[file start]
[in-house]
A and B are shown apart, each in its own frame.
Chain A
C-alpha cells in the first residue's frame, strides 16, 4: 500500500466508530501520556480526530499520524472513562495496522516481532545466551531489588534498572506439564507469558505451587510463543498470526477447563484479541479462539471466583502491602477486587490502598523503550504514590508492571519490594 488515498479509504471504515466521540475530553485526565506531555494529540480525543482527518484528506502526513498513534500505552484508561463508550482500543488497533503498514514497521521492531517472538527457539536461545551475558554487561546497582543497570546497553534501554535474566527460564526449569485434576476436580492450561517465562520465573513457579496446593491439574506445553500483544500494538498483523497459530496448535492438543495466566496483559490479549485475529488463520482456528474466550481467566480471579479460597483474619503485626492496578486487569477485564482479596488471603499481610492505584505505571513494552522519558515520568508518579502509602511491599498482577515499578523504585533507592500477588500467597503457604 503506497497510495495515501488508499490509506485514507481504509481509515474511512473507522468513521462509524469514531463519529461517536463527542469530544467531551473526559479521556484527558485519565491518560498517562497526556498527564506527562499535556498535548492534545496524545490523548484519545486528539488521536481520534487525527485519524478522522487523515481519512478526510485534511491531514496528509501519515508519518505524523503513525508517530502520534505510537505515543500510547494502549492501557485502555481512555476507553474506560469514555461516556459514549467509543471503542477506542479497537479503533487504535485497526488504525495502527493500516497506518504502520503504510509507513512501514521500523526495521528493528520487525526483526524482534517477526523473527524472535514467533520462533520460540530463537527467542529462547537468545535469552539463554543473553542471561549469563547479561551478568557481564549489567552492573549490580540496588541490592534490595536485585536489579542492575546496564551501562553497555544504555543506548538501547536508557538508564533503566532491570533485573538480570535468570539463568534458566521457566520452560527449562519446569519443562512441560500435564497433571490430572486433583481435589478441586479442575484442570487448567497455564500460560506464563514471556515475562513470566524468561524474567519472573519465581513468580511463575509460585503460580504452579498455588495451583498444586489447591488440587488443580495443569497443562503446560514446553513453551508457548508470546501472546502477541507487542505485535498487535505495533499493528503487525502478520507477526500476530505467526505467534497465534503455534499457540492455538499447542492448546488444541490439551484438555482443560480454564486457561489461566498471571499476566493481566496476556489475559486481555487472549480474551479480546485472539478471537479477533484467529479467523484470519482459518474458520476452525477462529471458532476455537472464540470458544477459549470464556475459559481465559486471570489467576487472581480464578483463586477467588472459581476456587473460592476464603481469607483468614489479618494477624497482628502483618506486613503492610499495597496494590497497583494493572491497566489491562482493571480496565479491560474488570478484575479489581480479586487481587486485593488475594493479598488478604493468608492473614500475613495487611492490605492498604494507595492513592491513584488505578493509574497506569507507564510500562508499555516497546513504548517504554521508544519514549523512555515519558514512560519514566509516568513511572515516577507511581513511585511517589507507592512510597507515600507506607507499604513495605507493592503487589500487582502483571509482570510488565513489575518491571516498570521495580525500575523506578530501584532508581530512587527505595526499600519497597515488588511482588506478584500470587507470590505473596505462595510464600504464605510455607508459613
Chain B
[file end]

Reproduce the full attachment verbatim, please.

[in-house]
A and B are shown apart, each in its own frame.
Chain A
C-alpha cells in the first residue's frame, strides 16, 4: 500500500466508530501520556480526530499520524472513562495496522516481532545466551531489588534498572506439564507469558505451587510463543498470526477447563484479541479462539471466583502491602477486587490502598523503550504514590508492571519490594 488515498479509504471504515466521540475530553485526565506531555494529540480525543482527518484528506502526513498513534500505552484508561463508550482500543488497533503498514514497521521492531517472538527457539536461545551475558554487561546497582543497570546497553534501554535474566527460564526449569485434576476436580492450561517465562520465573513457579496446593491439574506445553500483544500494538498483523497459530496448535492438543495466566496483559490479549485475529488463520482456528474466550481467566480471579479460597483474619503485626492496578486487569477485564482479596488471603499481610492505584505505571513494552522519558515520568508518579502509602511491599498482577515499578523504585533507592500477588500467597503457604 503506497497510495495515501488508499490509506485514507481504509481509515474511512473507522468513521462509524469514531463519529461517536463527542469530544467531551473526559479521556484527558485519565491518560498517562497526556498527564506527562499535556498535548492534545496524545490523548484519545486528539488521536481520534487525527485519524478522522487523515481519512478526510485534511491531514496528509501519515508519518505524523503513525508517530502520534505510537505515543500510547494502549492501557485502555481512555476507553474506560469514555461516556459514549467509543471503542477506542479497537479503533487504535485497526488504525495502527493500516497506518504502520503504510509507513512501514521500523526495521528493528520487525526483526524482534517477526523473527524472535514467533520462533520460540530463537527467542529462547537468545535469552539463554543473553542471561549469563547479561551478568557481564549489567552492573549490580540496588541490592534490595536485585536489579542492575546496564551501562553497555544504555543506548538501547536508557538508564533503566532491570533485573538480570535468570539463568534458566521457566520452560527449562519446569519443562512441560500435564497433571490430572486433583481435589478441586479442575484442570487448567497455564500460560506464563514471556515475562513470566524468561524474567519472573519465581513468580511463575509460585503460580504452579498455588495451583498444586489447591488440587488443580495443569497443562503446560514446553513453551508457548508470546501472546502477541507487542505485535498487535505495533499493528503487525502478520507477526500476530505467526505467534497465534503455534499457540492455538499447542492448546488444541490439551484438555482443560480454564486457561489461566498471571499476566493481566496476556489475559486481555487472549480474551479480546485472539478471537479477533484467529479467523484470519482459518474458520476452525477462529471458532476455537472464540470458544477459549470464556475459559481465559486471570489467576487472581480464578483463586477467588472459581476456587473460592476464603481469607483468614489479618494477624497482628502483618506486613503492610499495597496494590497497583494493572491497566489491562482493571480496565479491560474488570478484575479489581480479586487481587486485593488475594493479598488478604493468608492473614500475613495487611492490605492498604494507595492513592491513584488505578493509574497506569507507564510500562508499555516497546513504548517504554521508544519514549523512555515519558514512560519514566509516568513511572515516577507511581513511585511517589507507592512510597507515600507506607507499604513495605507493592503487589500487582502483571509482570510488565513489575518491571516498570521495580525500575523506578530501584532508581530512587527505595526499600519497597515488588511482588506478584500470587507470590505473596505462595510464600504464605510455607508459613
Chain B